John Kanabay is the Founder of Kickside Martial Arts, Co-Founder of NJMAA, International Sport Karate Association (ISKA) World Breaking Champion 2016, and North American Sport Karate Association (NASKA) World Top 10 Black Belt 2015 in Martial Arts. I met John Kanabay over 11 years ago when my kids signed up for Tae Kwon Do classes at his school in Skillman. The kids had seen him and some of his students perform at the Orchard Hill Elementary School cultural night. It seemed like it took forever, but both kids achieved black belt status.
All of these images were shot on a Fuji X-T2 camera body and Fuji XF 16-55mm f/2.8 R LM WR lens I rented from Lensrentals. The Fuji XF 16-55mm f/2.8 R LM WR lens is a fast-aperture normal range zoom for Fuji X-mount mirrorless cameras. I rented the camera for a weekend to take some photographs during the 2016 Montgomery FunFest. It was also a great way to field test the Fuji X-T2 and Fuji XF 16-55mm f/2.8 R LM WR.
The Fuji X-T2 is a brand new and very modern mirrorless interchangeable lens camera (MILC). I had read the reviews but wanted to experience the camera for myself and compare this iteration of the camera to the Fuji X-T1 I rented a few years ago. I knew from reading many reviews that it had a faster frame speed and viewfinder but an article may not capture the experience of using the camera. The camera performed better than I expected.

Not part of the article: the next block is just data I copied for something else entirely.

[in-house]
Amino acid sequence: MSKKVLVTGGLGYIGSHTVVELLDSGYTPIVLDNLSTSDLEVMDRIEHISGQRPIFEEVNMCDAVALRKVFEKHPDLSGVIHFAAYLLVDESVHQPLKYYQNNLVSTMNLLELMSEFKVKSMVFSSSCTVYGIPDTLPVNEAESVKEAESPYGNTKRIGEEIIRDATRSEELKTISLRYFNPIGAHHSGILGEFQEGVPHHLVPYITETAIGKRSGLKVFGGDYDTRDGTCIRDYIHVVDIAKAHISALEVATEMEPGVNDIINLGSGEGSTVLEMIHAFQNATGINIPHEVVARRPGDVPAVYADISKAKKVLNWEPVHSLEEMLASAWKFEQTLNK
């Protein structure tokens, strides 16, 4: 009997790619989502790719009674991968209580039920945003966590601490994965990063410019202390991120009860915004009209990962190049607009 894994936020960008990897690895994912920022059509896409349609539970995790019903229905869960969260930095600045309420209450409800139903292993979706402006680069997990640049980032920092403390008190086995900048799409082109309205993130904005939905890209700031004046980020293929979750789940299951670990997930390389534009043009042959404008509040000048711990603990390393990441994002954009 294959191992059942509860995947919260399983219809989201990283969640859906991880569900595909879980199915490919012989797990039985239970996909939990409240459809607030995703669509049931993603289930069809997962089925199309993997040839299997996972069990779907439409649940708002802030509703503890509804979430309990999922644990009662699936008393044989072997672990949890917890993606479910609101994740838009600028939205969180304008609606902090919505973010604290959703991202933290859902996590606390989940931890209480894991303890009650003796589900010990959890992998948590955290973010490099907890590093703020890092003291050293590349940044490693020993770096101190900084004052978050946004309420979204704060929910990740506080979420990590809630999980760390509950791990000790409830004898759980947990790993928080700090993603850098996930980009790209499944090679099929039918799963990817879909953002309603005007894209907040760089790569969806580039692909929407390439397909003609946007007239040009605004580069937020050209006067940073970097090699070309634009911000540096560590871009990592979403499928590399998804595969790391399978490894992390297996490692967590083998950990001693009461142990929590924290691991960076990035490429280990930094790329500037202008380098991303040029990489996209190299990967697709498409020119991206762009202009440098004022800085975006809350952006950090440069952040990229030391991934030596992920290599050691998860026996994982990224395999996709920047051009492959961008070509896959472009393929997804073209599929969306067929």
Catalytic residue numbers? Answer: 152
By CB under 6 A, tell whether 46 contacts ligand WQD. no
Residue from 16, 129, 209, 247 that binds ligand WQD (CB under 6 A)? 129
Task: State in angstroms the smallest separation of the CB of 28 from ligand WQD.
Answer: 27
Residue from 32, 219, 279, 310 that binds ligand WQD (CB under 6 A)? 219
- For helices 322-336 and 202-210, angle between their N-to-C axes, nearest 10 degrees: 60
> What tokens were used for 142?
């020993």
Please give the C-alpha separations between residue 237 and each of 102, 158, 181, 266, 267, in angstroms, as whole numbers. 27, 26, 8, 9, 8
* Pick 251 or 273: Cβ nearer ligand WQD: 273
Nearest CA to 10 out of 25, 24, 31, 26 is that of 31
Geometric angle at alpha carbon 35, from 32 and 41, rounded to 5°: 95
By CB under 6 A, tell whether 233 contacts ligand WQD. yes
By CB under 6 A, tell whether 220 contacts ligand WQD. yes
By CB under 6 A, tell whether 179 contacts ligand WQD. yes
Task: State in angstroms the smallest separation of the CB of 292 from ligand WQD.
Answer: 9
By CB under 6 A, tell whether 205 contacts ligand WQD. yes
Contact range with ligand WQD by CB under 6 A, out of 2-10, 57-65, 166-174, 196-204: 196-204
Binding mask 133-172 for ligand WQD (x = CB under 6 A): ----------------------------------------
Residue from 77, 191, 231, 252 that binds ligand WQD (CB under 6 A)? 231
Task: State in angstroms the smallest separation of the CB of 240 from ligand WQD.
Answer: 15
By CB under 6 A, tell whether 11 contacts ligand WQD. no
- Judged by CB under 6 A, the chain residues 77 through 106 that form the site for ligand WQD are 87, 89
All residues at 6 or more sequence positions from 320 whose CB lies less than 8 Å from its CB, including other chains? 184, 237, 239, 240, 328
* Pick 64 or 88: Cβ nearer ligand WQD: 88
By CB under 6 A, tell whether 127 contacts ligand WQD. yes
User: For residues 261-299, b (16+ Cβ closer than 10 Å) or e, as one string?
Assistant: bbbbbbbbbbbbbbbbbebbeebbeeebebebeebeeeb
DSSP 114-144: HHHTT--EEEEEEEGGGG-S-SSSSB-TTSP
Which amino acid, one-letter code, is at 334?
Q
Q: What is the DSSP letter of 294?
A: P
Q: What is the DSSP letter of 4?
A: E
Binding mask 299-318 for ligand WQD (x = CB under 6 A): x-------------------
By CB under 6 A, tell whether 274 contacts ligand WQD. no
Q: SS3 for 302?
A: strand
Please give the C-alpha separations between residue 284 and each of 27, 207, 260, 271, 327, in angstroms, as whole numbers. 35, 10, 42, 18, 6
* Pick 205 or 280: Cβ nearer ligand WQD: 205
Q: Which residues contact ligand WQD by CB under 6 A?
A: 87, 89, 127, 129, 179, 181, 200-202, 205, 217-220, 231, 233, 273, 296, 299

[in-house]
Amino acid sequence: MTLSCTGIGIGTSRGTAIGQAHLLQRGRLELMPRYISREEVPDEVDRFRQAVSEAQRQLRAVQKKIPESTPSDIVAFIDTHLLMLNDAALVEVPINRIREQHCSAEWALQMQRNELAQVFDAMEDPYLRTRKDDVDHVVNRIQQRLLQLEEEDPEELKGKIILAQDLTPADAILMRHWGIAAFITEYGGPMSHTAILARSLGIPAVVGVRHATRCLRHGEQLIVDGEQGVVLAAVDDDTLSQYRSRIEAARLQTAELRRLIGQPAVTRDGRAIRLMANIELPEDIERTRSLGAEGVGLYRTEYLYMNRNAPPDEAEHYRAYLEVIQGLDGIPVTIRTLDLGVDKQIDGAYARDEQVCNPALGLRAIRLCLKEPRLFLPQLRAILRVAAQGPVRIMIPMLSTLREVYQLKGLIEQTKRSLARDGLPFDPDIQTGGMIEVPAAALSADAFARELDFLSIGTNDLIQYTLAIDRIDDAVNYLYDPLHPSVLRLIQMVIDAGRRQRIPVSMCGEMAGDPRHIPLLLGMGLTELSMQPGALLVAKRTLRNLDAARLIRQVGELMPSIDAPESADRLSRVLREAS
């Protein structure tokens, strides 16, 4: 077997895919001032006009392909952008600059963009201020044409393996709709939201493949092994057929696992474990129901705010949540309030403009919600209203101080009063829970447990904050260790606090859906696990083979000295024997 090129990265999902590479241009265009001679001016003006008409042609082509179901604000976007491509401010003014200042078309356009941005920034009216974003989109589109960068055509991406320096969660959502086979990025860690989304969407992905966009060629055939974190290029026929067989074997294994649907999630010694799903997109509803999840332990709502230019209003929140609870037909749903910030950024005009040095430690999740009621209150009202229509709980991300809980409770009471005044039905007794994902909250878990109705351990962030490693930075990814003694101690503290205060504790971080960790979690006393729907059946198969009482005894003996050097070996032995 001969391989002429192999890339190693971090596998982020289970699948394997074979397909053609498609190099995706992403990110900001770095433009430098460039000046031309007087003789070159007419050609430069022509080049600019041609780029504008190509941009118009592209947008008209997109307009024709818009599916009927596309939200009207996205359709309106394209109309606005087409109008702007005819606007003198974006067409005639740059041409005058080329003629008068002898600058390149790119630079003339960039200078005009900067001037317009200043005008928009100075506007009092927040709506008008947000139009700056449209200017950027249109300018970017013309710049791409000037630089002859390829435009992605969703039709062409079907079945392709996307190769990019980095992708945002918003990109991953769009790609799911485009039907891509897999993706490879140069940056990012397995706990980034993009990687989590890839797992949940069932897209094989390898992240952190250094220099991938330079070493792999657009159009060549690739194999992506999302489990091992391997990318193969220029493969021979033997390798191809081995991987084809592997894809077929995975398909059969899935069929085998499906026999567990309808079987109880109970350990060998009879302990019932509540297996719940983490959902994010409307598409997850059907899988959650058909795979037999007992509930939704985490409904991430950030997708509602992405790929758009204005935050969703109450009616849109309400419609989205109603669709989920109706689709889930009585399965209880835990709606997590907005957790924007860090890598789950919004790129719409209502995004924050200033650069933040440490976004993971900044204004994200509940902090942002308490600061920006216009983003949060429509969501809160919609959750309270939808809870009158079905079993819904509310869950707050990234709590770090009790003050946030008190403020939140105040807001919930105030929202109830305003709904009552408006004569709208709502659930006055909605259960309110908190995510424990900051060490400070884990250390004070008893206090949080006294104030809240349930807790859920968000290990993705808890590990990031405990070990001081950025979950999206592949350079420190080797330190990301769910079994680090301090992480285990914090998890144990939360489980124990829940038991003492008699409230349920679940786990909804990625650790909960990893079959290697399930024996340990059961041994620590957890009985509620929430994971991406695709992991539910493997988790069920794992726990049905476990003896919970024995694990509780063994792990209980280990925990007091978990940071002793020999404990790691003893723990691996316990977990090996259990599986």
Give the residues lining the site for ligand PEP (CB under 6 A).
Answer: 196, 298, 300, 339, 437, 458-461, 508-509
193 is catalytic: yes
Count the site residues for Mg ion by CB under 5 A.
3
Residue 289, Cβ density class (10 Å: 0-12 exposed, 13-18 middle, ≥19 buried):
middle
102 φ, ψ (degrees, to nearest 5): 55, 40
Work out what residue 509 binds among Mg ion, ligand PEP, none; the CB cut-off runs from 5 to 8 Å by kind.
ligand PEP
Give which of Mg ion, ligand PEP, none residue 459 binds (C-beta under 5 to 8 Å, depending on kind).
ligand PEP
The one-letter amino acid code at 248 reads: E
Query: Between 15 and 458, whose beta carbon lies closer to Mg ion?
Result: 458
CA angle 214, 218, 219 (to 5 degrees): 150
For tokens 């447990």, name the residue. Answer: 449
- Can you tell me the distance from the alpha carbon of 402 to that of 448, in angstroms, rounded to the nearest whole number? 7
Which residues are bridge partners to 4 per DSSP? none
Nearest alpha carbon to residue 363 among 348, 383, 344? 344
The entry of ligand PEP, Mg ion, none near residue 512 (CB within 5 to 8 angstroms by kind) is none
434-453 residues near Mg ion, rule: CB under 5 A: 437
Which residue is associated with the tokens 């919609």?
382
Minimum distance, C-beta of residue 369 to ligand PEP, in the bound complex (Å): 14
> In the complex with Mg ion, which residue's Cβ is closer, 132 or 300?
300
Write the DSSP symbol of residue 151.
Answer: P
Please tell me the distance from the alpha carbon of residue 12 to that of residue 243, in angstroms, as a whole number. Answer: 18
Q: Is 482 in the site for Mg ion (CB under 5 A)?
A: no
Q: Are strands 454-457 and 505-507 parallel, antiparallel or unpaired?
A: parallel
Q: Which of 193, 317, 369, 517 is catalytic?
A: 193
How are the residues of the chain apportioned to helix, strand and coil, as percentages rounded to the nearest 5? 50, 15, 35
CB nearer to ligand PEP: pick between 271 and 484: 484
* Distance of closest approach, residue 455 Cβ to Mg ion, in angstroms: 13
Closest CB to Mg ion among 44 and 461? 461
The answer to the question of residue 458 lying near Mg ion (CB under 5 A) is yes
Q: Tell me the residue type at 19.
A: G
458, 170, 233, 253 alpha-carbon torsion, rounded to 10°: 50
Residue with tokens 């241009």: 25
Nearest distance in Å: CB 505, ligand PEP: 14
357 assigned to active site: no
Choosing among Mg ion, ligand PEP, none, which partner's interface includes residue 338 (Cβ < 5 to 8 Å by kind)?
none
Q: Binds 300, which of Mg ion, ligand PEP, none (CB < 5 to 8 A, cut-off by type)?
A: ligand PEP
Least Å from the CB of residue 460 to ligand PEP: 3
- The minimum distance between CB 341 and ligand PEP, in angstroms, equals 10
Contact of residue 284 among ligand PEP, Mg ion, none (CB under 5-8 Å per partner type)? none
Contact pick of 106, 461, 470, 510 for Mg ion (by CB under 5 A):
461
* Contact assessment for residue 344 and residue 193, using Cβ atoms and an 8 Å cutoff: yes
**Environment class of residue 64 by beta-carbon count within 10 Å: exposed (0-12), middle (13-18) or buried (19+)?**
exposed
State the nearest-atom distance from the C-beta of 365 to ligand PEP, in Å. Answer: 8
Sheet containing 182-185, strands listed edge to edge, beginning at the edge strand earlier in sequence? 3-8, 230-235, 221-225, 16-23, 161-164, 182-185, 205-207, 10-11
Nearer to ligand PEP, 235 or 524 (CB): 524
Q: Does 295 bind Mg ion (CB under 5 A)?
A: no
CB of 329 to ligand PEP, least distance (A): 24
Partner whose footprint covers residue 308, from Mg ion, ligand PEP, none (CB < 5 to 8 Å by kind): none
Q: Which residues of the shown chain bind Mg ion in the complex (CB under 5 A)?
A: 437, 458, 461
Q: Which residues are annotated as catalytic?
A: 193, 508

I set the shutter speed to 1/2500, fixed the aperture at f/8, but let the camera adjust ISO as needed. I thought settings for auto ISO mode were in the menu system and searched for it in vain only to discover that this is set via the ISO knob. I knew from the previous night shooting the high school football game that high ISO images are good on the X-T2. The camera captured 8 frames per second. It can go up to 14 frames per second but I didn’t know how to change the setting.
The Fuji felt more robust but is 50g lighter (without lens) than my Nikon D5100. It’s much thinner too. The camera reminds me of how it feels to use my Pentax P3 or my father’s Asahi Pentax Spotmatic II. It has the look and feels of a classic film camera. I enjoyed operating the knobs. I had to fiddle with menus only a few times when setting up the focus points.
You can see a slow-motion action of these events on John Kanabay’s Facebook page.